Beloved, what this shows us is this: is that the sin of that first generation in the wilderness did not frustrate God's ultimate purpose. Despite the greatness of their sin, God still blessed Israel in the end. The first generation forfeited the blessing but God would still have his nation and his nation would experience victory as Joshua led them; the nation would eventually experience expansion under David and Solomon; eventually the nation will see the fulfillment of all of the messianic promises when Jesus Christ returns for them in a day still future to us, and there is a worldwide revival of Jews coming to Christ. For all of the sin of this people against their God, God is still being faithful to them and will show it in even greater measure in a time still future to us.
Don't tell me, not that any of you would, speaking to an imaginary objector out in the inner lobby there, don't tell me that this God is not a gracious God. This is the God who sent his Son into the world to redeem sinners like this. Don't tell me that God isn't gracious to Israel. There is grace still ahead for them. Don't tell me that God is not gracious to sinners even today. Certainly those of you that are in Christ have been on the receiving end of grace you didn't deserve, right? You have received favor from God completely disproportionate. There is an inverse relationship between your guilt and the blessing that God has given to you. Grace in exchange for your sin. Where your sin abounded, God's grace abounded all the more. And even though our grumblings as Christians are not like the unbelieving grumblings of Israel in the desert, haven't we grumbled ourselves against the nature of circumstances that God gives us from time to time, and yet we find that he mercifully carries us and forgives us and cleanses us and continues to care for us in the midst of it? Isn't that true? So while on the one hand we look and we see the judgment of God and we tremble in fear, we see the grace and our hearts are warmed and we magnify him all the more as a result.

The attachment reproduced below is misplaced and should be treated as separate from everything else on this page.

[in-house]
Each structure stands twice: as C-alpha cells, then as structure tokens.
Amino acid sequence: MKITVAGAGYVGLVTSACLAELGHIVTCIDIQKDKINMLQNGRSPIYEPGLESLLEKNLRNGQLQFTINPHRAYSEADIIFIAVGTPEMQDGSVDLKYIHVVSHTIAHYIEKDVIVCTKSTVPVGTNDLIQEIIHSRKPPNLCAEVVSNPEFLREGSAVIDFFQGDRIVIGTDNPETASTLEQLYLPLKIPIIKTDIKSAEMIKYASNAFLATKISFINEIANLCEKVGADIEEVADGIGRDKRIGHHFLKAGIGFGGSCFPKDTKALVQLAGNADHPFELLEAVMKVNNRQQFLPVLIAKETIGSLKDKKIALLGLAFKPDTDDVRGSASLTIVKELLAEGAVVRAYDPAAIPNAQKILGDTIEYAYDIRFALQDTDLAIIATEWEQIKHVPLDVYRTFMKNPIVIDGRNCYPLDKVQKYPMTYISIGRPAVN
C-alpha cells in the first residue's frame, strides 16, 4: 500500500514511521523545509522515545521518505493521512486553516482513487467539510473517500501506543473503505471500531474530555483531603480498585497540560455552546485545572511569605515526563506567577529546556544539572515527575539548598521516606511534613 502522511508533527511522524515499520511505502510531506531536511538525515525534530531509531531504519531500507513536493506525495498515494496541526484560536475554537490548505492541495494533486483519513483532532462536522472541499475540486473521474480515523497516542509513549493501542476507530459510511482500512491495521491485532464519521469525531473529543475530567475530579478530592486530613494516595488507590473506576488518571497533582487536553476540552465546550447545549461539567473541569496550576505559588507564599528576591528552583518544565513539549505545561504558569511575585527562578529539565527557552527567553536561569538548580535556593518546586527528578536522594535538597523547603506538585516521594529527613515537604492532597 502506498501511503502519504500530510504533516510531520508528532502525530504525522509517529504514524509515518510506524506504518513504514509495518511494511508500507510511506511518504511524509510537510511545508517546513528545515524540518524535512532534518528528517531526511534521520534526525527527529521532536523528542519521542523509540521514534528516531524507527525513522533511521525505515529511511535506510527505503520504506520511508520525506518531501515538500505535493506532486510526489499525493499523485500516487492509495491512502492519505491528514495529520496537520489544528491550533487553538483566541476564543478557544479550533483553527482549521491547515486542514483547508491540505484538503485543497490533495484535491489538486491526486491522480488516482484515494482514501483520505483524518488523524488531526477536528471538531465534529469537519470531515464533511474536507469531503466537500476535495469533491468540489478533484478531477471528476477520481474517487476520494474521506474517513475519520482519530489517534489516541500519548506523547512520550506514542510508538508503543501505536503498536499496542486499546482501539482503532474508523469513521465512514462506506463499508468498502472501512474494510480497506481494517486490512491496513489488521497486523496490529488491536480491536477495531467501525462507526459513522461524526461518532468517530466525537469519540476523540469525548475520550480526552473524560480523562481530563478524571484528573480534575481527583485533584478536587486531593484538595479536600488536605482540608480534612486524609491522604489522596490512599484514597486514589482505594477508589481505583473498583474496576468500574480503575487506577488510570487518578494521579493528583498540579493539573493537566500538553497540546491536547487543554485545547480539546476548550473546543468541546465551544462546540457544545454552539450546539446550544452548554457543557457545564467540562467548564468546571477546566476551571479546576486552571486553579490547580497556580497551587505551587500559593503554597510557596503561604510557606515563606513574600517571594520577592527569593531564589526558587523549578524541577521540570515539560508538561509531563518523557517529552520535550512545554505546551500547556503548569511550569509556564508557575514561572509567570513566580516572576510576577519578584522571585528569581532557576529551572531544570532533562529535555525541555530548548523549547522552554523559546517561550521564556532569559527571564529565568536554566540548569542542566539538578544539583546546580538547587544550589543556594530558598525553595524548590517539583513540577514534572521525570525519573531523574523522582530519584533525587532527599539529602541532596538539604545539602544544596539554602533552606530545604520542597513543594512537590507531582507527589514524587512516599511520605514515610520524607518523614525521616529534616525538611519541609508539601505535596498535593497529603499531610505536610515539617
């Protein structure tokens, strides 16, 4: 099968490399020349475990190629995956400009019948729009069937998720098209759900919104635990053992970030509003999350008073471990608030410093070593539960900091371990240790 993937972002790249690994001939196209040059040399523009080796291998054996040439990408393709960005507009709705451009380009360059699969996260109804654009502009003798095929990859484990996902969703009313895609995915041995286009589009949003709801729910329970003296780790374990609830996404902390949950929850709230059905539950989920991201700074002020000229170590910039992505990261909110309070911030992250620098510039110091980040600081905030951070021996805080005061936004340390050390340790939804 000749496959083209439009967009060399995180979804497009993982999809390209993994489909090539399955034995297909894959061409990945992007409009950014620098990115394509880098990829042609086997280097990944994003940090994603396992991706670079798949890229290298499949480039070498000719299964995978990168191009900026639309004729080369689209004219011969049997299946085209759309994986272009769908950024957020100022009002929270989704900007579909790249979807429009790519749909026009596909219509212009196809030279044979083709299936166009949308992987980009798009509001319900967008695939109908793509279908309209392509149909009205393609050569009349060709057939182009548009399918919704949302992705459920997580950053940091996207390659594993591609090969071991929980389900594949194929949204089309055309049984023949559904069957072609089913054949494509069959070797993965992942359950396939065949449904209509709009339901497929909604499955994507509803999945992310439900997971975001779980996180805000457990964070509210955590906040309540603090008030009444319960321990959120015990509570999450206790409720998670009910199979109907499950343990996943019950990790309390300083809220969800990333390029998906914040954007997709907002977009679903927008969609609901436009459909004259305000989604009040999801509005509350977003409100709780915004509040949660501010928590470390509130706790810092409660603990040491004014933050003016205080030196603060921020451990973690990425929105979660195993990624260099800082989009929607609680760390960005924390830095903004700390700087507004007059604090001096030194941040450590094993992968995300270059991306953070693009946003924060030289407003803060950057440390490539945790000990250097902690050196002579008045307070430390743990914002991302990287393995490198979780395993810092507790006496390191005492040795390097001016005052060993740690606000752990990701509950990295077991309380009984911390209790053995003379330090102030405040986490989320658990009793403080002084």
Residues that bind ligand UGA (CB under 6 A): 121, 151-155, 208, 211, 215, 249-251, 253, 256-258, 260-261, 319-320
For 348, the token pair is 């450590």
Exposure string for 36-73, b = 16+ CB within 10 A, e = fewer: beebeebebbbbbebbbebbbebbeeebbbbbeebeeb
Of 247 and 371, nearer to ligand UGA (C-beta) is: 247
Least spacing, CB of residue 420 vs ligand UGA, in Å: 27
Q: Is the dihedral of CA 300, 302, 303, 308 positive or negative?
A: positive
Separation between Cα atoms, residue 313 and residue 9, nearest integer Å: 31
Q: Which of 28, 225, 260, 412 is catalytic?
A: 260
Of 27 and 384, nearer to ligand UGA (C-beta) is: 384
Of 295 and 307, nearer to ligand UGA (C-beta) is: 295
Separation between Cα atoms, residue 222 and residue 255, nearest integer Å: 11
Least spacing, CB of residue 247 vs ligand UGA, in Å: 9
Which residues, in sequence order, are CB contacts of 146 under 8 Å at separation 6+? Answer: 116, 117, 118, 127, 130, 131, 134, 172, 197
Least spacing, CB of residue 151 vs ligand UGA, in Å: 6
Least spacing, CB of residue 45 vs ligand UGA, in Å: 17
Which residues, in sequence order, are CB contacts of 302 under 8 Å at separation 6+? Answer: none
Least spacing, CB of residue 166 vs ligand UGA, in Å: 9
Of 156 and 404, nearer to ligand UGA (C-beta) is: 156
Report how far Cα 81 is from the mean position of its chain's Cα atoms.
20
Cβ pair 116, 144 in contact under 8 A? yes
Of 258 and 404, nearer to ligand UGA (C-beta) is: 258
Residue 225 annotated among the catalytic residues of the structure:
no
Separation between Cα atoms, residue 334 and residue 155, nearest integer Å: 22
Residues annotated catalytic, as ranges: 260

Look at Hebrews 3 with me again as we contemplate our take-away from these considerations that we'll see more next week in Psalm 78. Hebrews 3. There is a warning for us in this and the warning that we would be aware of is to beware of having simply merely an outward association with the people of God without the corresponding inner reality.
Chapter 3, verse 12 of Hebrews says,
12 Take care, brethren, that there not be in any one of you an evil, unbelieving heart that falls away from the living God. 13 But encourage one another day after day, as long as it is still called "Today," so that none of you will be hardened by the deceitfulness of sin. 14 For we have become partakers of Christ, if we hold fast the beginning of our assurance firm until the end, 15 while it is said, "Today if you hear His voice, do not harden your heart, as when they provoked Me."
Then in Hebrews 4:1,
1 Therefore, let us fear if, while a promise remains of entering His rest, any one of you may seem to have come short of it. 2 For indeed we have had good news preached to us, just as they also; but the word they heard did not profit them, because it was not united by faith in those who heard.
Then finally in verse 11, kind of our take-away here this evening,
11 Therefore let us be diligent to enter that rest, so that no one will fall, through following the same example of disobedience.
God has been gracious to us and God, for those of you that are not in Christ, is offering grace to you again even this evening. I never get tired of saying this. I hope although sometimes I wonder, whether anyone gets tired of hearing it but I never get tired of saying it. The patience of God and the grace of God in dealing with unbelieving people and offering them repeatedly again and again and again the abundant mercies that are found in his Son Jesus Christ are available even to those who have spurned it stubbornly until this day. It's not too late.
Look at John 3, another New Testament text drawing upon the things that we see in the book of Numbers. John 3. That serpent, that fiery serpent that Moses lifted up actually was pointing ahead to Christ and in John 3:14,